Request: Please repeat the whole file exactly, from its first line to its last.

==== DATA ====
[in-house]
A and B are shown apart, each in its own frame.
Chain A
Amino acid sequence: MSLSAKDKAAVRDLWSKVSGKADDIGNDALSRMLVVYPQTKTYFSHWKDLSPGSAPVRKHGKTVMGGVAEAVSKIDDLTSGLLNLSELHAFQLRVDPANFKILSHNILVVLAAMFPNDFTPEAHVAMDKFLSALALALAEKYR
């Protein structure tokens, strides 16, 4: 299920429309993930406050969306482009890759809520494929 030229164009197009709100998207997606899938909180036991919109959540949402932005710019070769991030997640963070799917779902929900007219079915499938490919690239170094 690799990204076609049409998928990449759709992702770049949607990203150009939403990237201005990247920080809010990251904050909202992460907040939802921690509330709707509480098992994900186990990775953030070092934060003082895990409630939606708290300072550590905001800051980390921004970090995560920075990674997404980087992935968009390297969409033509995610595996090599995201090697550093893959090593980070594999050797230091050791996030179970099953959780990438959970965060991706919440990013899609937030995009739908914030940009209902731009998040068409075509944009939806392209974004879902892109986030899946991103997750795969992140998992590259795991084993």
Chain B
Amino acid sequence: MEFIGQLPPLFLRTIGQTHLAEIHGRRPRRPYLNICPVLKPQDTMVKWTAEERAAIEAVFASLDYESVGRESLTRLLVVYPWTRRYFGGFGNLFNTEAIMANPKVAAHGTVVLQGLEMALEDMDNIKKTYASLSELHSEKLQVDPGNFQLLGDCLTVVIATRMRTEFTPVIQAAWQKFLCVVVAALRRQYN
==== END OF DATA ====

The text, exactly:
[in-house]
A and B are shown apart, each in its own frame.
Chain A
Amino acid sequence: MSLSAKDKAAVRDLWSKVSGKADDIGNDALSRMLVVYPQTKTYFSHWKDLSPGSAPVRKHGKTVMGGVAEAVSKIDDLTSGLLNLSELHAFQLRVDPANFKILSHNILVVLAAMFPNDFTPEAHVAMDKFLSALALALAEKYR
């Protein structure tokens, strides 16, 4: 299920429309993930406050969306482009890759809520494929 030229164009197009709100998207997606899938909180036991919109959540949402932005710019070769991030997640963070799917779902929900007219079915499938490919690239170094 690799990204076609049409998928990449759709992702770049949607990203150009939403990237201005990247920080809010990251904050909202992460907040939802921690509330709707509480098992994900186990990775953030070092934060003082895990409630939606708290300072550590905001800051980390921004970090995560920075990674997404980087992935968009390297969409033509995610595996090599995201090697550093893959090593980070594999050797230091050791996030179970099953959780990438959970965060991706919440990013899609937030995009739908914030940009209902731009998040068409075509944009939806392209974004879902892109986030899946991103997750795969992140998992590259795991084993």
Chain B
Amino acid sequence: MEFIGQLPPLFLRTIGQTHLAEIHGRRPRRPYLNICPVLKPQDTMVKWTAEERAAIEAVFASLDYESVGRESLTRLLVVYPWTRRYFGGFGNLFNTEAIMANPKVAAHGTVVLQGLEMALEDMDNIKKTYASLSELHSEKLQVDPGNFQLLGDCLTVVIATRMRTEFTPVIQAAWQKFLCVVVAALRRQYN